This is not what the relief and development experts at the World Bank, in the UN and at donor organizations like USAID want to hear. And in order to legitimize their position they have started to redefine poverty so that it is split between extreme poverty and just plain old poverty, and then they can say that extreme poverty is down, even while basic plan old vanilla poverty still is huge, and bigger in absolute numbers than ever before.
Something is wrong. People were meant to have been the beneficiaries of progress. But instead something else is going on.
Some people are getting wealthy, very wealthy. The prevailing organizational and legal and economic structures are working to facilitate wealth creation. Not surprisingly, wealth is concentrating around those with decision making power.
And some people are getting poorer, and some poor are in the stage where survival is an issue.
This is not the end of the 19th century. Supposedly the era of the “robber barons” is over. This is the beginning of the 21st century. This is not a world were most people are ignorant. This is a world where knowledge is widespread. But power and decision making still remains highly concentrated.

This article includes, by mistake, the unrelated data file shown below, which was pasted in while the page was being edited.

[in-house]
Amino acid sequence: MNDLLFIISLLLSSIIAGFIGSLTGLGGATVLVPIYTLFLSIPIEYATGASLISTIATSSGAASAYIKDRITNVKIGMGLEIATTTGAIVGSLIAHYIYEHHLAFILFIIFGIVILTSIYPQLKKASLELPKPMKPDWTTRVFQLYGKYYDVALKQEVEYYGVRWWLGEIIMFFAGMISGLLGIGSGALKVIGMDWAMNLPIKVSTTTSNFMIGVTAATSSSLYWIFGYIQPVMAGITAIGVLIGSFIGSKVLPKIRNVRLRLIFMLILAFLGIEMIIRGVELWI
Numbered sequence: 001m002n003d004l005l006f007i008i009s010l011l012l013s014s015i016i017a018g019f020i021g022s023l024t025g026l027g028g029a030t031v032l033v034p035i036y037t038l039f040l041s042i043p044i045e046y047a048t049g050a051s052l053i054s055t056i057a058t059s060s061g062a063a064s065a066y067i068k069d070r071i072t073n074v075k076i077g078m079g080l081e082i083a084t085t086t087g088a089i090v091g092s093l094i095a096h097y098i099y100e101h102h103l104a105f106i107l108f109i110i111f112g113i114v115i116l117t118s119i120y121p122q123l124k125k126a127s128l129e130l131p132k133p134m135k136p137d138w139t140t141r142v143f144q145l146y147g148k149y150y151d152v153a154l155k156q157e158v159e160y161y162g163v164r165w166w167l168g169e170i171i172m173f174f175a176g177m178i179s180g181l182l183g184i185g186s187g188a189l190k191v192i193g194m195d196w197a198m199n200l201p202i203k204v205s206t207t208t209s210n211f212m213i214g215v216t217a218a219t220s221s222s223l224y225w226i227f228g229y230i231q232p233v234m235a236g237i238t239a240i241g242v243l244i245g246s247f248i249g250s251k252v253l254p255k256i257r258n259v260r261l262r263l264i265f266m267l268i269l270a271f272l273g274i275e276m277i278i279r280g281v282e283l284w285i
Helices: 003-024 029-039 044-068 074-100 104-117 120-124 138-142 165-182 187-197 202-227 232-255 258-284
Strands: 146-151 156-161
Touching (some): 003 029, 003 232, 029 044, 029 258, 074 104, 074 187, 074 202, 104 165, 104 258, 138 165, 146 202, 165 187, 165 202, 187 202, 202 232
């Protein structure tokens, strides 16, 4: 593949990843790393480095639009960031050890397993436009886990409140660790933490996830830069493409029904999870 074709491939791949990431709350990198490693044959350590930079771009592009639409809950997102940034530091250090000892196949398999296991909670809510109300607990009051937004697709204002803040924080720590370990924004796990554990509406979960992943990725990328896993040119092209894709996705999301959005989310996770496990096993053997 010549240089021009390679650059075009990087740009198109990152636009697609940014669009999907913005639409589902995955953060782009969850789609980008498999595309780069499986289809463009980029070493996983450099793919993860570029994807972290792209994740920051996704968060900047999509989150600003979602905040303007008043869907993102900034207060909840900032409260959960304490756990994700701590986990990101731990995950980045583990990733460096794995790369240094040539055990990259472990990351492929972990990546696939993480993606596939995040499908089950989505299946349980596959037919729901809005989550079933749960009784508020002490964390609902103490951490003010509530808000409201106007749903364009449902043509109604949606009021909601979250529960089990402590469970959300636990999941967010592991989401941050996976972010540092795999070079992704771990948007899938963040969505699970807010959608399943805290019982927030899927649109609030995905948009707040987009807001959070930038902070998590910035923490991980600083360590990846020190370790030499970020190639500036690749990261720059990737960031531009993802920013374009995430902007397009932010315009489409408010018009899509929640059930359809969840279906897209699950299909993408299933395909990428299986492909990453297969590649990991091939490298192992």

The organizational framework is wrong. Decision making is is concentrating wealth and power rather than achieving broad based people progress.
Development is about people. It always has been. But along the way the idea of process, and a whole set of thematic issues has overtaken the people focus of development.
For development to succeed it has to be about people. Everyone who has worked at the “grassroots” level of development understands the importance of the people dimension of development. They know that failed development ends up with people who are poor and hungry and lack the basics for a decent quality of life and with little or no opportunity.
The basic thesis is that people are the key component of society and of development. And human rights are central to the people dimension of development.
Just as economics had to rethink its arguments when labor became a component of both the production side and the consuming or market side. Development needs to do the same thing. People are part of the engine that drives success in development and people are the primary beneficiaries of development.
It is a long time ago, but corporate business moved on from the corporate era of the robber barons (circa 1880) to a more enlightened era where management and labor would work together for the good of the company and the workers.
The world is full of good people. And the world has half of its people poor and hungry.
But people in general have little interaction with the world at large. They just interact with their own local family and community. What happens beyond that is of little concern. This is the nature of the individual human being, and their families.